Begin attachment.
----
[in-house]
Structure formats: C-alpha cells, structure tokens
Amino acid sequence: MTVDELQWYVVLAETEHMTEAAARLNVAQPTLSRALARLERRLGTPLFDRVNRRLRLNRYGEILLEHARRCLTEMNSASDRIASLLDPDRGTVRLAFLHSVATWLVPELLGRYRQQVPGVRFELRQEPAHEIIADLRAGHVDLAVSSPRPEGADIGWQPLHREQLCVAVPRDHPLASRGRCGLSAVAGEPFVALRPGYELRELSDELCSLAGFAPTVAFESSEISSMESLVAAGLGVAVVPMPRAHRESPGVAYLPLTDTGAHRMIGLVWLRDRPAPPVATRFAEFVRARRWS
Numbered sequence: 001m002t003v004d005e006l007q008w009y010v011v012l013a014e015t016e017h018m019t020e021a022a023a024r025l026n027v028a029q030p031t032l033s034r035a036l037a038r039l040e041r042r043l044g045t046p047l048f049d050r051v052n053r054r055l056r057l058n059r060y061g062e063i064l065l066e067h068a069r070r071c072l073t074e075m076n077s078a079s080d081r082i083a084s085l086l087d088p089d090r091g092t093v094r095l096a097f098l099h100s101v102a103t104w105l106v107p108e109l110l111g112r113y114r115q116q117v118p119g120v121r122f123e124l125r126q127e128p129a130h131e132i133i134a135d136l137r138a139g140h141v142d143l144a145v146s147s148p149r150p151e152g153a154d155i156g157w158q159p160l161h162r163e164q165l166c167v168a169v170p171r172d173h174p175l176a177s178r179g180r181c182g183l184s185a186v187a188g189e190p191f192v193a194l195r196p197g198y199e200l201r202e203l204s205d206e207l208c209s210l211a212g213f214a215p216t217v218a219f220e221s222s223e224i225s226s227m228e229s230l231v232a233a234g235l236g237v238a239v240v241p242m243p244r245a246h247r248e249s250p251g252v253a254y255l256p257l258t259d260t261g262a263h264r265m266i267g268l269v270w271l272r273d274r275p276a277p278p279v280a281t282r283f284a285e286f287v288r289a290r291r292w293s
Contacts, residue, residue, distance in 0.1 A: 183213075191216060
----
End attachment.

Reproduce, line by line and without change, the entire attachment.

[in-house]
Structure formats: C-alpha cells, structure tokens
Amino acid sequence: MTVDELQWYVVLAETEHMTEAAARLNVAQPTLSRALARLERRLGTPLFDRVNRRLRLNRYGEILLEHARRCLTEMNSASDRIASLLDPDRGTVRLAFLHSVATWLVPELLGRYRQQVPGVRFELRQEPAHEIIADLRAGHVDLAVSSPRPEGADIGWQPLHREQLCVAVPRDHPLASRGRCGLSAVAGEPFVALRPGYELRELSDELCSLAGFAPTVAFESSEISSMESLVAAGLGVAVVPMPRAHRESPGVAYLPLTDTGAHRMIGLVWLRDRPAPPVATRFAEFVRARRWS
Numbered sequence: 001m002t003v004d005e006l007q008w009y010v011v012l013a014e015t016e017h018m019t020e021a022a023a024r025l026n027v028a029q030p031t032l033s034r035a036l037a038r039l040e041r042r043l044g045t046p047l048f049d050r051v052n053r054r055l056r057l058n059r060y061g062e063i064l065l066e067h068a069r070r071c072l073t074e075m076n077s078a079s080d081r082i083a084s085l086l087d088p089d090r091g092t093v094r095l096a097f098l099h100s101v102a103t104w105l106v107p108e109l110l111g112r113y114r115q116q117v118p119g120v121r122f123e124l125r126q127e128p129a130h131e132i133i134a135d136l137r138a139g140h141v142d143l144a145v146s147s148p149r150p151e152g153a154d155i156g157w158q159p160l161h162r163e164q165l166c167v168a169v170p171r172d173h174p175l176a177s178r179g180r181c182g183l184s185a186v187a188g189e190p191f192v193a194l195r196p197g198y199e200l201r202e203l204s205d206e207l208c209s210l211a212g213f214a215p216t217v218a219f220e221s222s223e224i225s226s227m228e229s230l231v232a233a234g235l236g237v238a239v240v241p242m243p244r245a246h247r248e249s250p251g252v253a254y255l256p257l258t259d260t261g262a263h264r265m266i267g268l269v270w271l272r273d274r275p276a277p278p279v280a281t282r283f284a285e286f287v288r289a290r291r292w293s
Contacts, residue, residue, distance in 0.1 A: 183213075191216060